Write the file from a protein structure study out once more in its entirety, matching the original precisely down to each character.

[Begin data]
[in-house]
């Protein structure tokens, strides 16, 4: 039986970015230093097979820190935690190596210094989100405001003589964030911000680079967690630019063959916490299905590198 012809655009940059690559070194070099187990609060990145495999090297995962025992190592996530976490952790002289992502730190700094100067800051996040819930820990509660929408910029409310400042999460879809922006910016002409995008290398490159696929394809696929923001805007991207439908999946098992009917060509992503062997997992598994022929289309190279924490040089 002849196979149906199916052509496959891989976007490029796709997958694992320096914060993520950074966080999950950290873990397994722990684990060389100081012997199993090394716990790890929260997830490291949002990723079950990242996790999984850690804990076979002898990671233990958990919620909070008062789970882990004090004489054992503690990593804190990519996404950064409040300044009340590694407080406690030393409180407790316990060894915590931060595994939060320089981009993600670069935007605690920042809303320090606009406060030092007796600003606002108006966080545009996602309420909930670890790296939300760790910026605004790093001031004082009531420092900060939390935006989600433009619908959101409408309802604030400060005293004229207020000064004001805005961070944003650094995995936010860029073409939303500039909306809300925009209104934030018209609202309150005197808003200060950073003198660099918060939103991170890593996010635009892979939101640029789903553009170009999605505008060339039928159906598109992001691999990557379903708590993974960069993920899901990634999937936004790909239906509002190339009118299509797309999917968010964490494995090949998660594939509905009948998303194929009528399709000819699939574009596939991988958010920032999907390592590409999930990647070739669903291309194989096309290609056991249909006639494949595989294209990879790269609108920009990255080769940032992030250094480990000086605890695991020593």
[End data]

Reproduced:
[in-house]
């Protein structure tokens, strides 16, 4: 039986970015230093097979820190935690190596210094989100405001003589964030911000680079967690630019063959916490299905590198 012809655009940059690559070194070099187990609060990145495999090297995962025992190592996530976490952790002289992502730190700094100067800051996040819930820990509660929408910029409310400042999460879809922006910016002409995008290398490159696929394809696929923001805007991207439908999946098992009917060509992503062997997992598994022929289309190279924490040089 002849196979149906199916052509496959891989976007490029796709997958694992320096914060993520950074966080999950950290873990397994722990684990060389100081012997199993090394716990790890929260997830490291949002990723079950990242996790999984850690804990076979002898990671233990958990919620909070008062789970882990004090004489054992503690990593804190990519996404950064409040300044009340590694407080406690030393409180407790316990060894915590931060595994939060320089981009993600670069935007605690920042809303320090606009406060030092007796600003606002108006966080545009996602309420909930670890790296939300760790910026605004790093001031004082009531420092900060939390935006989600433009619908959101409408309802604030400060005293004229207020000064004001805005961070944003650094995995936010860029073409939303500039909306809300925009209104934030018209609202309150005197808003200060950073003198660099918060939103991170890593996010635009892979939101640029789903553009170009999605505008060339039928159906598109992001691999990557379903708590993974960069993920899901990634999937936004790909239906509002190339009118299509797309999917968010964490494995090949998660594939509905009948998303194929009528399709000819699939574009596939991988958010920032999907390592590409999930990647070739669903291309194989096309290609056991249909006639494949595989294209990879790269609108920009990255080769940032992030250094480990000086605890695991020593």